Last week, a bit of a row ensued when Tech Crunch Founder Michael Arrington appeared on a segment of a CNN special on black entrepreneurs in Silicon Valley, and, under questioning by Soledad O’Brien, said “I don’t know a single black entrepreneur.”

This blogger got wind of Michael’s comments because a friend, Marco Brown, a fellow black entrepreneur who started and still runs retirement software maker Flex Soft. Marco sent a message to me via Linkedin, asking for my comments.

I had to admit I was pretty shocked that Michael said that on television. As a person who’s not a close friend of Arrington’s but does know him, and has for a few years now, I wondered what he’d been smoking that day.

So, I took to Twitter to ask Michael about it, and got the customary non-answer, answer. That’s what Michael does when he doesn’t want to deal with something in the way of an Internet argument. Can’t say I blame him, in this case.

I don’t think that Michael Arrington is racist at all, but I do think Michael was, at one point in the past, that way. From what I’ve seen, he’s grown a lot, and for whatever reason. And I have seen this in his treatment of me as a personal gauge.

When I first met him, I was introduced via a mutual friend at a party in San Francisco during Web 2.0 in 2007. My intent was to talk with him about my company Sports Business Simulations, but Michael was so off-putting at the time, I didn’t expect a call from him, and didn’t get one.

BUT. Michael did take my card and did express interest in what I was doing that evening, and that’s when he was a bit drunk. Point is, I was getting the real Michael, and at heart that person’s fascinated with startups.

See, the overall problem is that when a white person practices elitism, as Michael has done in the past, to many blacks it can come off as racism. That was true for me for a few years, until 2009 and I started a phase of hyper-blogging on and that continues today, and also because I was showing up at tech social after tech social and being written up in blogs like ValleyWag.

On top of that, I was using my blog to deliberately try to piss off the tech socialite chics who were showing up at these events in search of white programmer-type guys, thinking they were rich.

So, with that, and just trying to run two Internet-based occupations, and an increase in blogging about tech as pop culture, I managed to get a press pass to my first TechCrunch event: The 2009 August Capital Party. That’s where I first interviewed Michael and Robert Scoble, and other people…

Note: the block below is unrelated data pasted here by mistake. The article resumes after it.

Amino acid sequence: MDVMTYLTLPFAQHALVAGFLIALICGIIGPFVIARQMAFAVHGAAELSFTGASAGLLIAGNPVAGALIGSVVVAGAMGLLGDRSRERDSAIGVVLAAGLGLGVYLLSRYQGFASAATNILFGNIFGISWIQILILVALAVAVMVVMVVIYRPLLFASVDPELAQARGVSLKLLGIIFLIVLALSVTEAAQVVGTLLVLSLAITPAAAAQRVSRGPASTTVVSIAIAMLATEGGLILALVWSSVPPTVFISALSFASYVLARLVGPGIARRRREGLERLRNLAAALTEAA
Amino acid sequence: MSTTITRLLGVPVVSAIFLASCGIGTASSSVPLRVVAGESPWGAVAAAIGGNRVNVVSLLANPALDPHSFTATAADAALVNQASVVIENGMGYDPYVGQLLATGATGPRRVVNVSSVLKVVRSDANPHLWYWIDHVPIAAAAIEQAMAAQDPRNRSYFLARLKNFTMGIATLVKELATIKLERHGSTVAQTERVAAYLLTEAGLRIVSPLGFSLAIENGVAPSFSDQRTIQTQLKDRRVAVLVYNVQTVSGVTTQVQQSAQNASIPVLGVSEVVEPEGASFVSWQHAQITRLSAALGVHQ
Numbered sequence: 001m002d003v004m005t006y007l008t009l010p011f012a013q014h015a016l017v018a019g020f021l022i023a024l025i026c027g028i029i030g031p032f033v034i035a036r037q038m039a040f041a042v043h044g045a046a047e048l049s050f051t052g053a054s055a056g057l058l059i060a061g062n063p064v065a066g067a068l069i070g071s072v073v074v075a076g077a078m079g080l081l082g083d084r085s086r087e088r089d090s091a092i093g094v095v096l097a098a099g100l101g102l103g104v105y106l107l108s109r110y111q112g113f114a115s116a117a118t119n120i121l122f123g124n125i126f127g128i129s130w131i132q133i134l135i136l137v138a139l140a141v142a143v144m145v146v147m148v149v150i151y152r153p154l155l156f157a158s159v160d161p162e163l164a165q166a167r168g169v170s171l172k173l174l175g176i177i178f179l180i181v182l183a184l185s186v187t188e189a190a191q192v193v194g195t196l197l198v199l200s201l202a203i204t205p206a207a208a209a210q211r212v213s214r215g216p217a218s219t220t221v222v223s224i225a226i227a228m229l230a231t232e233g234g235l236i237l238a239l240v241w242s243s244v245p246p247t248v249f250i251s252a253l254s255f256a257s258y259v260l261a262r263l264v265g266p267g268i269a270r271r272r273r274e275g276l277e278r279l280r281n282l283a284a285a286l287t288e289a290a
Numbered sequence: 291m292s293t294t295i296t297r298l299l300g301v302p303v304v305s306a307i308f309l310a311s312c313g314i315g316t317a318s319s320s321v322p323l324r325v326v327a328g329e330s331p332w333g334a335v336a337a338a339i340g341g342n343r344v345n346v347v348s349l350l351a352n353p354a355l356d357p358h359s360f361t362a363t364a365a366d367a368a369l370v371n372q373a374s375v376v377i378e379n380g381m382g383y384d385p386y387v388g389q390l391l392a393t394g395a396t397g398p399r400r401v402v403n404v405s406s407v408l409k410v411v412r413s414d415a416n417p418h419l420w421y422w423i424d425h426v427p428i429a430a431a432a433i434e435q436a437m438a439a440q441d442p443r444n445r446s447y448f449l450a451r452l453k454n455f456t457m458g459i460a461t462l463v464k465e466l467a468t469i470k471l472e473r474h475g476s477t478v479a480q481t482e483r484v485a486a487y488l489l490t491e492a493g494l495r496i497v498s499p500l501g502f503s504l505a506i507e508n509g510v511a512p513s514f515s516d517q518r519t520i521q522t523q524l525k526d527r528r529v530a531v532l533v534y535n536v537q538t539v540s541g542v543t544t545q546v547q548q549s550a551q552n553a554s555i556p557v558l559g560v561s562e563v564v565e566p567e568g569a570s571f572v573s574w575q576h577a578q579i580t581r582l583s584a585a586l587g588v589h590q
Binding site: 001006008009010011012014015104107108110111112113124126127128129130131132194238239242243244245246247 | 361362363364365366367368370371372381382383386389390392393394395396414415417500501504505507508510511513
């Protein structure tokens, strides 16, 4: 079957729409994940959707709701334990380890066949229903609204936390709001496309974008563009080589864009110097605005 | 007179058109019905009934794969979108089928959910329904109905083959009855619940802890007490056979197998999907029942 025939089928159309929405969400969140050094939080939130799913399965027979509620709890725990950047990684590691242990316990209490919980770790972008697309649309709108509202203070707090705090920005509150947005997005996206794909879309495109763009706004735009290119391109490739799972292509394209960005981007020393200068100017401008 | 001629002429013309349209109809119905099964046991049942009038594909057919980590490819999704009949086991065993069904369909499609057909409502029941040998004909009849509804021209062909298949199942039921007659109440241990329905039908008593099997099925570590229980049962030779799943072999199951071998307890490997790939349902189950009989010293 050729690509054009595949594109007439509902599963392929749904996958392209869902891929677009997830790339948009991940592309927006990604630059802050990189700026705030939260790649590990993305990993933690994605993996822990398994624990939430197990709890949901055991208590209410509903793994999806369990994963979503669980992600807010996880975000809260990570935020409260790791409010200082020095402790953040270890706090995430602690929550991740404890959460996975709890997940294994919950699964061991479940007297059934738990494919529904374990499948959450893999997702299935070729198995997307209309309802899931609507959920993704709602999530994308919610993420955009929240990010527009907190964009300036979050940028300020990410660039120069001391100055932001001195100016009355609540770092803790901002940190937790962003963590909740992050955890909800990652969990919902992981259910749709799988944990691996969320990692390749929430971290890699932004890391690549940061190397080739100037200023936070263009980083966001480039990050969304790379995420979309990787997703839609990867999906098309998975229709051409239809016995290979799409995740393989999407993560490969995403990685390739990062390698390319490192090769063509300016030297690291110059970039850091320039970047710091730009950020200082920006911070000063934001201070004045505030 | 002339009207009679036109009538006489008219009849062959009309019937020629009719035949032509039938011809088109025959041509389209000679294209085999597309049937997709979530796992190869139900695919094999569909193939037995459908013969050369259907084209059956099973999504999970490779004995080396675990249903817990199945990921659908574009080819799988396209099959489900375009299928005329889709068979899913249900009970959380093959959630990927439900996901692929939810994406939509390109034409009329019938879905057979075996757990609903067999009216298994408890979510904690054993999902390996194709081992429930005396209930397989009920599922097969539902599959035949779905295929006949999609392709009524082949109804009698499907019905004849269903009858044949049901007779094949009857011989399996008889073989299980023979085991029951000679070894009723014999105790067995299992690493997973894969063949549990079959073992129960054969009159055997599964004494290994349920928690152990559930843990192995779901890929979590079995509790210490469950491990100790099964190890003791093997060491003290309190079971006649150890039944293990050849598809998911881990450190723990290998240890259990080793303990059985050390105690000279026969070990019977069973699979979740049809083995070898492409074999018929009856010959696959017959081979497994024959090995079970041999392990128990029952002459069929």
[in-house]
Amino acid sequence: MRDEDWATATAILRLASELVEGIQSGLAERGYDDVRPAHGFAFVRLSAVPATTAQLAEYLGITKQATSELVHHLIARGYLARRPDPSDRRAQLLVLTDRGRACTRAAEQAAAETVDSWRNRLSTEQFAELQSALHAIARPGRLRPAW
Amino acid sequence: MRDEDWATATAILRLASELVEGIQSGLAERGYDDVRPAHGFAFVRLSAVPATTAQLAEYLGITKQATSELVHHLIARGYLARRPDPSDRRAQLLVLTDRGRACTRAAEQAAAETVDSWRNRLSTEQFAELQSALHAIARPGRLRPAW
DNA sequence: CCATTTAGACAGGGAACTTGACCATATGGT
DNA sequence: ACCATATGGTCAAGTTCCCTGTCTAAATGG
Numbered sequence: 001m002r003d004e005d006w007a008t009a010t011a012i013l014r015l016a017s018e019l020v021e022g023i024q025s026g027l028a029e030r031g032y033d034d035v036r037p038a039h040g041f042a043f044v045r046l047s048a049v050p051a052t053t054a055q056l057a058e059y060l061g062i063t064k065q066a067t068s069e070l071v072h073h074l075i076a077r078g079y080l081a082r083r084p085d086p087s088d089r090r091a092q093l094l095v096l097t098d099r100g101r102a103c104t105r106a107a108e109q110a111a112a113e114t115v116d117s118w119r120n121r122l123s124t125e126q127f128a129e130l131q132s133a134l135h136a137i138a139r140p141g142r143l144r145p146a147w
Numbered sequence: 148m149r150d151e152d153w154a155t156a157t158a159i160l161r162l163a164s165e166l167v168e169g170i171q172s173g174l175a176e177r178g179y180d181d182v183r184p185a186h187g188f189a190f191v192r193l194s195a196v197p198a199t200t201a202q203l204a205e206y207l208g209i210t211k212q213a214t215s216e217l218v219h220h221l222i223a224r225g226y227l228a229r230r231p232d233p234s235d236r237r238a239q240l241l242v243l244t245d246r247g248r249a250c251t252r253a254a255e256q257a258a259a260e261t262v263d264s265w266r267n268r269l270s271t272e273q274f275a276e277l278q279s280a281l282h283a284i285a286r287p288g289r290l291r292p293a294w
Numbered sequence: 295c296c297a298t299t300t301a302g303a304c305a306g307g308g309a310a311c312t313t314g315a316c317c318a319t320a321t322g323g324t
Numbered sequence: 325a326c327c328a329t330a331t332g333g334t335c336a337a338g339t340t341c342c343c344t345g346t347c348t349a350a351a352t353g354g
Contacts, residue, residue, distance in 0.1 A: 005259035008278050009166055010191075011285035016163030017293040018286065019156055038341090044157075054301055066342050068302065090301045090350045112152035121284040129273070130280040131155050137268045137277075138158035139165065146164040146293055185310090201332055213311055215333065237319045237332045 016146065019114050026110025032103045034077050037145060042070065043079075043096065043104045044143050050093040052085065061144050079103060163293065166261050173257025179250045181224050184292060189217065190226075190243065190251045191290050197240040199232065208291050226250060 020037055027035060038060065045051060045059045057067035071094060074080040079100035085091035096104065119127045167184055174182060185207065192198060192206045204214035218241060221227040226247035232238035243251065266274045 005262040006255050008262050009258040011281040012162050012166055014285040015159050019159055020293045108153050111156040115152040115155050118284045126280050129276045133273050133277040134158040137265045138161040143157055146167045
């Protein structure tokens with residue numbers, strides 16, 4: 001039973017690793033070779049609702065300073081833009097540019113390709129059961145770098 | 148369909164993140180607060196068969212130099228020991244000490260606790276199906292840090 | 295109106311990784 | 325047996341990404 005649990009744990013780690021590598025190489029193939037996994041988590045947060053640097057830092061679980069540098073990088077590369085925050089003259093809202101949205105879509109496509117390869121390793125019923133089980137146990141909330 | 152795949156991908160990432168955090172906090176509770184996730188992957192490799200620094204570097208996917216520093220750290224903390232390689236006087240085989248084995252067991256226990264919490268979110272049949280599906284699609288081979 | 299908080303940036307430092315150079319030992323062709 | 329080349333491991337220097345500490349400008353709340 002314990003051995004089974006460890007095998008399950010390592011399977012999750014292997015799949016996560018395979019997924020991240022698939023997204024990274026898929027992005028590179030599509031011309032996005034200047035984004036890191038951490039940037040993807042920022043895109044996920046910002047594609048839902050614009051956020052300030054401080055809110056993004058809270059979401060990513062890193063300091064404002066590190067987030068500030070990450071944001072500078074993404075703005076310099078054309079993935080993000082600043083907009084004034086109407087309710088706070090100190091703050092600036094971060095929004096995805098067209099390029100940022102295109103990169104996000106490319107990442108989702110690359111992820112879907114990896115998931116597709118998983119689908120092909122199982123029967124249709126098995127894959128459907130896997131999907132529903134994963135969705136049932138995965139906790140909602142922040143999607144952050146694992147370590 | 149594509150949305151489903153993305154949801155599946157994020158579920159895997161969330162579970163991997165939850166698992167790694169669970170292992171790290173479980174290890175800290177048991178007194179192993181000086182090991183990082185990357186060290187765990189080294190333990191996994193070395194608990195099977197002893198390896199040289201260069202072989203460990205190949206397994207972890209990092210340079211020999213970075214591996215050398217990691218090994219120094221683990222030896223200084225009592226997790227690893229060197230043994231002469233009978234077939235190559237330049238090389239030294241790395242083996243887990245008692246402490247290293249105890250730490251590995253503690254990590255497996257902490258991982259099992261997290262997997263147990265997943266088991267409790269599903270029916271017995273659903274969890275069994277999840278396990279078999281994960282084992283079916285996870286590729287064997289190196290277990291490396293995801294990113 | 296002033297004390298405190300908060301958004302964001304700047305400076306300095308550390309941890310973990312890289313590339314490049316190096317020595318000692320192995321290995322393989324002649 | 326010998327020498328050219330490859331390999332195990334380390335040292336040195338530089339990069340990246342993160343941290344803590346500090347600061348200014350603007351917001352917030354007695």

..and had a ton of fun. At that point, any issue of racism I may have had went away.

But even with that, I have felt invisible in the past. In the past. I don’t any more.

That’s why I was really hurt, frankly, that Michael would allow himself to say “I don’t know any black entrepreneurs,” because it brought back that outsider feeling I had in the past.

I am an entrepreneur. I’m black.

I think what this shows is that black entrepreneurs in tech are still invisible: not seen by the overall tech community UNLESS our existence becomes a news issue.

That’s on Michael, his words. He can clean that one up. It’s not a matter of being racist, but of being aware of how words can hurt people. Particularly those, like myself, who like and respect Michael.

In his blog, Uncrunched, Michael blamed CNN for not telling him what the program was really about, and then for asking the questions. But the fact is Michael said “I don’t know of a single black entrepreneur,” and regardless of what he blogs, that comment’s going to be his television-communicated meme for the SF Bay Area tech community.


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    By Zennie Abraham

    Zennie Abraham | Zennie Abraham or "Zennie62" is the founder of Zennie62Media which consists of and a multimedia blog news aggregator and video network, and 78-blog network, with social media and content development services and consulting. Zennie is a pioneer video blogger, YouTube Partner, social media practitioner, game developer, and pundit. Note: news aggregator content does not reflect the personal views of Mr. Abraham.